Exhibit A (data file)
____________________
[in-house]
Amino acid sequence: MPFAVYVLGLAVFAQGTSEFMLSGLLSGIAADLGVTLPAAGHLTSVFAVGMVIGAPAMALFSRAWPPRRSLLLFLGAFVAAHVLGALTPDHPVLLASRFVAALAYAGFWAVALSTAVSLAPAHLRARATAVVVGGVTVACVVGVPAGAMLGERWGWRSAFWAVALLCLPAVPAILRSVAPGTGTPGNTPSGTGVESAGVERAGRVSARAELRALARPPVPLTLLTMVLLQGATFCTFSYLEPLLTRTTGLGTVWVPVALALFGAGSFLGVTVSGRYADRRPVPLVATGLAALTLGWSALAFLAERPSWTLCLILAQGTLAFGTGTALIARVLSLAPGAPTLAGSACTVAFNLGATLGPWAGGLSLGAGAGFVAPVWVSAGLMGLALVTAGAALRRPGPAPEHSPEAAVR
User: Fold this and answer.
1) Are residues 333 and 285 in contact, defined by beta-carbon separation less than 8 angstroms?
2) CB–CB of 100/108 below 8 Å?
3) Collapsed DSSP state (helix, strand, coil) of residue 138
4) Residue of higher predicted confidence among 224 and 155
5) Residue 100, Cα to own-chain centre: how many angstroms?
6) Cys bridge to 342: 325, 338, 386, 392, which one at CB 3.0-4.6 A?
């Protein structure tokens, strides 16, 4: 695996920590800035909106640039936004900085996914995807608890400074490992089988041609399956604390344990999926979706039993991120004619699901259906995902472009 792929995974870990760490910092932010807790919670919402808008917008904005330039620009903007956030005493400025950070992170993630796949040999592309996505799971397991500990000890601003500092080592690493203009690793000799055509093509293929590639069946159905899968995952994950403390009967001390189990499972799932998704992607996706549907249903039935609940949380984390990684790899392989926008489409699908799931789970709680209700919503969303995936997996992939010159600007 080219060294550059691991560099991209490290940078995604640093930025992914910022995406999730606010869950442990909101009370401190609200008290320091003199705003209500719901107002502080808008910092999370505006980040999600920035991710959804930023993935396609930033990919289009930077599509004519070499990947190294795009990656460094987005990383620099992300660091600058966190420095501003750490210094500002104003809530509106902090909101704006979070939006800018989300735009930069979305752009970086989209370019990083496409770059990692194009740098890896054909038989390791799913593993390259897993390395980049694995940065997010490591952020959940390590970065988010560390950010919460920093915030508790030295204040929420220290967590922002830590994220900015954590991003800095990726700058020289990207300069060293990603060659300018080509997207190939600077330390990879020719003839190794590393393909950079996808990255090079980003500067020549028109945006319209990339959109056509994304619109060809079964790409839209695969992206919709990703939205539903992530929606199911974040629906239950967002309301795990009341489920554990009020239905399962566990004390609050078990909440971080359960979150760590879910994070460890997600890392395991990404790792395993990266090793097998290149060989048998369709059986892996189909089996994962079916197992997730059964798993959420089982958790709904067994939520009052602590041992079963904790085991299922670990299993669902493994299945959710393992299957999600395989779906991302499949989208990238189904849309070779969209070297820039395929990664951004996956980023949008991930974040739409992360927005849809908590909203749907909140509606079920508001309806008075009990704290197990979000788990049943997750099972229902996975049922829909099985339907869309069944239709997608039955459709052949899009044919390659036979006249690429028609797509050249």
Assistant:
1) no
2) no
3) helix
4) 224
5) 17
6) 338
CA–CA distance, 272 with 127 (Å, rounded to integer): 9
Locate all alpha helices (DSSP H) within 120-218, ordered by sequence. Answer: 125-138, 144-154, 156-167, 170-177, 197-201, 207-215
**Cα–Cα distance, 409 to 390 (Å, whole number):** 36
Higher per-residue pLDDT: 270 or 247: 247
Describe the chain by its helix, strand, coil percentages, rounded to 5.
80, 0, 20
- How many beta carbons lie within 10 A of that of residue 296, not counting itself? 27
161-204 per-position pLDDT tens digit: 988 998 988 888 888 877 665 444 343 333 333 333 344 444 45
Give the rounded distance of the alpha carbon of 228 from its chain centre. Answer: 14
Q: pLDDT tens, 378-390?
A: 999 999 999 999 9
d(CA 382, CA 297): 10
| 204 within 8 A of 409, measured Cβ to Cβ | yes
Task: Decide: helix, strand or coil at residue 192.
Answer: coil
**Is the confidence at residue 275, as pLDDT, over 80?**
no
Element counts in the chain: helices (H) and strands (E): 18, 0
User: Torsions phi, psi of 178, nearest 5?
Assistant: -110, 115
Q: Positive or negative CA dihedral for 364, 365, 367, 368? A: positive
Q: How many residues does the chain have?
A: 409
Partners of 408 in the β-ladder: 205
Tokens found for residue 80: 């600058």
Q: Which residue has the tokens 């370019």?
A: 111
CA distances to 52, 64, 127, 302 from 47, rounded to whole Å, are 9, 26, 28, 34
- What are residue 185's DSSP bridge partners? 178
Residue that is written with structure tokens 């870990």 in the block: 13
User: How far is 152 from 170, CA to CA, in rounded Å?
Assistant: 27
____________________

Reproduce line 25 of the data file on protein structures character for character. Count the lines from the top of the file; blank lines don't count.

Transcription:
161-204 per-position pLDDT tens digit: 988 998 988 888 888 877 665 444 343 333 333 333 344 444 45